Someone in an online group recently pointed out that a boundary that had been mentioned was actually a rule. It was along the lines of, "You may not x while y, and if you do, I will z." I'm so used to everyone's boundaries being expressed differently that I totally didn't notice the poster had posted a rule. So glad the commenter said something.
My first sponsor said that a boundary is a deal I make with myself to take care of me. It comes in the form of, "If x happens, then I will y."
The way to apply it is to think of 3-5 things that are most likely to happen. If I think of every single thing that might happen, I get drawn into futurizing, and that's no good, so 5 is the limit for now.
For each thing that might happen, I think of an appropriate way to take care of myself in that situation. I might even give myself alternatives, or set up escalating boundaries.
- If my mom criticizes me on the phone, I will:
- Say, "Gotta go, Mom. Love you. Bye!" and hang up. Or,
- Ask her how her peach trees are. Or,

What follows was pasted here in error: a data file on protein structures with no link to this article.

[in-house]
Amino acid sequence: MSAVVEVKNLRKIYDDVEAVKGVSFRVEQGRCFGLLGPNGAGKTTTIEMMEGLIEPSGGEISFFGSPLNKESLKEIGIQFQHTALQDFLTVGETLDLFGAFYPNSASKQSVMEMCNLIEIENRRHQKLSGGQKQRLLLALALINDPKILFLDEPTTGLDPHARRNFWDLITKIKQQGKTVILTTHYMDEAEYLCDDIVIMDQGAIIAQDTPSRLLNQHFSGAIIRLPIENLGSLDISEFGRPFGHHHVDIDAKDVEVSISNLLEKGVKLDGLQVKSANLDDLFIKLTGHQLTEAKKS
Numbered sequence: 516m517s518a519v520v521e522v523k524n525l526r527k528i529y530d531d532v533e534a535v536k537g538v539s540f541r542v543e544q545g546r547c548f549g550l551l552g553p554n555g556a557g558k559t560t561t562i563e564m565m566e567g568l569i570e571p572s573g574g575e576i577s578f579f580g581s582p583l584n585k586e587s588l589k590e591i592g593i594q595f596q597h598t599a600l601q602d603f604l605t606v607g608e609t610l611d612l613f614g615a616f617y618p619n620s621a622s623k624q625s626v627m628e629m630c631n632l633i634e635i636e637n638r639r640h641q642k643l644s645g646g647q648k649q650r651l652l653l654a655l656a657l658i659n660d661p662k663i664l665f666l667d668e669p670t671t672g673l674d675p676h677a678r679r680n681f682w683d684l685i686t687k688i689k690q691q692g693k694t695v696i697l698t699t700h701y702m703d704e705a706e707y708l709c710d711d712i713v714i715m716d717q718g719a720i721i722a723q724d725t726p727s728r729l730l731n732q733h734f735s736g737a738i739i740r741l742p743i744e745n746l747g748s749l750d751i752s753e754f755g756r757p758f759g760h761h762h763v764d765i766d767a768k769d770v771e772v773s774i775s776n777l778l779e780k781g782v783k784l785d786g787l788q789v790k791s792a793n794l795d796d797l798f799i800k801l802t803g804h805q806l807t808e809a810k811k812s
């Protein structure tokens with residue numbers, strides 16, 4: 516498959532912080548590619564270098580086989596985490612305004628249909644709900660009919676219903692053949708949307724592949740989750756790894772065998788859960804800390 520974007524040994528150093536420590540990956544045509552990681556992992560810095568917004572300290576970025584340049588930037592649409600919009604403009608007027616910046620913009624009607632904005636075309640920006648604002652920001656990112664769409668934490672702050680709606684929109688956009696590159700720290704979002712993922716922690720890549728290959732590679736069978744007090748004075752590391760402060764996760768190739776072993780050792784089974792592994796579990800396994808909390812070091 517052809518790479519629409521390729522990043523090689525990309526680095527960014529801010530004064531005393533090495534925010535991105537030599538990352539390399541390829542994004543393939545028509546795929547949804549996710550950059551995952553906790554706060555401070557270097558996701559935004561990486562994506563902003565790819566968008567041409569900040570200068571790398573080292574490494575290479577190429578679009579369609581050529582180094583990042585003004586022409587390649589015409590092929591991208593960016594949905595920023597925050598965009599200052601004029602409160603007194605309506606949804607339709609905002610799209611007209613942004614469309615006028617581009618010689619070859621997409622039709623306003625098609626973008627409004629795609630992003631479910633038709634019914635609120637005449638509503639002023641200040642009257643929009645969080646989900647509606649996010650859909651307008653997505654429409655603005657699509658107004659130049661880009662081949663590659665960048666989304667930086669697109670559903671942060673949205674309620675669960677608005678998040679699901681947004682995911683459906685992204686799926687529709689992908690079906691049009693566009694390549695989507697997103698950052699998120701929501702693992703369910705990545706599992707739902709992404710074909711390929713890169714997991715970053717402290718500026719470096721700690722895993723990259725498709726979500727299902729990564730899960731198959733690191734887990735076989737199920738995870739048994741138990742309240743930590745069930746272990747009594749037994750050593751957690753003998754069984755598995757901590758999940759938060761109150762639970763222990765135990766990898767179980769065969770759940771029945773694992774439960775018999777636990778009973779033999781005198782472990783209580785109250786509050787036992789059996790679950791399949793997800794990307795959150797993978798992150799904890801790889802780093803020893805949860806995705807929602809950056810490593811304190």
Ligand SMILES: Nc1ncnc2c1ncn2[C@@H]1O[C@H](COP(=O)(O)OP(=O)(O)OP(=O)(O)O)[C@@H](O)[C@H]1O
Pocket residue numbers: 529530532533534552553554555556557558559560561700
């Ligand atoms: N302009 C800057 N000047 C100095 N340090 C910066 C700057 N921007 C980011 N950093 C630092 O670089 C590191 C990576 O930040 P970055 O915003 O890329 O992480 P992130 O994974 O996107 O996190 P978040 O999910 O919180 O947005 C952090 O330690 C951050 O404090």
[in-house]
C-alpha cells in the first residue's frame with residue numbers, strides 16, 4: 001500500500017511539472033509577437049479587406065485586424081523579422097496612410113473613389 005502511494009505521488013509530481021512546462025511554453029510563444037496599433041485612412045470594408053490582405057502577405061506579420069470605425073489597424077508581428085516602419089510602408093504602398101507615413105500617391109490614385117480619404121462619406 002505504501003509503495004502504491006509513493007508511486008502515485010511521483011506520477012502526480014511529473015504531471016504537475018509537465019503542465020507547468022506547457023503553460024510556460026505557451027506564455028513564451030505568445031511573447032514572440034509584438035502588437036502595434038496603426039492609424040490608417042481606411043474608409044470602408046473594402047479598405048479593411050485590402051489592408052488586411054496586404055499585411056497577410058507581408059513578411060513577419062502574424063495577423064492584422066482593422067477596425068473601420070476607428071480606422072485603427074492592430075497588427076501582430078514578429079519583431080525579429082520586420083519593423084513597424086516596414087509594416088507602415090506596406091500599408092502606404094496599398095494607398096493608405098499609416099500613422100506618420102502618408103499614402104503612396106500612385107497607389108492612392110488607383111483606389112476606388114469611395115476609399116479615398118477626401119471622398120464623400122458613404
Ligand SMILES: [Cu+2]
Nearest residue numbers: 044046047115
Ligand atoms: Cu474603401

- Ask her to hang on a second, I need a drink of water. And then get one.
- If someone keeps interrupting me at a meeting, I will:
- The first time, say, "Hang on, I'm not done."
- The second time, stand up to speak.
- The third time, leave the room.
I get to change my boundaries as needs and circumstances change.
I don't necessarily have to tell other people what the boundaries are. It's even probably better that I don't, unless exercising my boundary will have a direct effect on them.
- If the other adults in the house don't have a job by the end of next month, I will:
- Get an apartment and move myself and my kids out. And
- I will also stop paying for the house.
That last one might be a rule, now that I think about it. Boundaries are not meant to be about controlling another person's behavior, but instead about taking care of myself. I'm not sure how else to handle the situation of a house bought with the expectation of 3 full-time salaries that actually had only 1 to support it.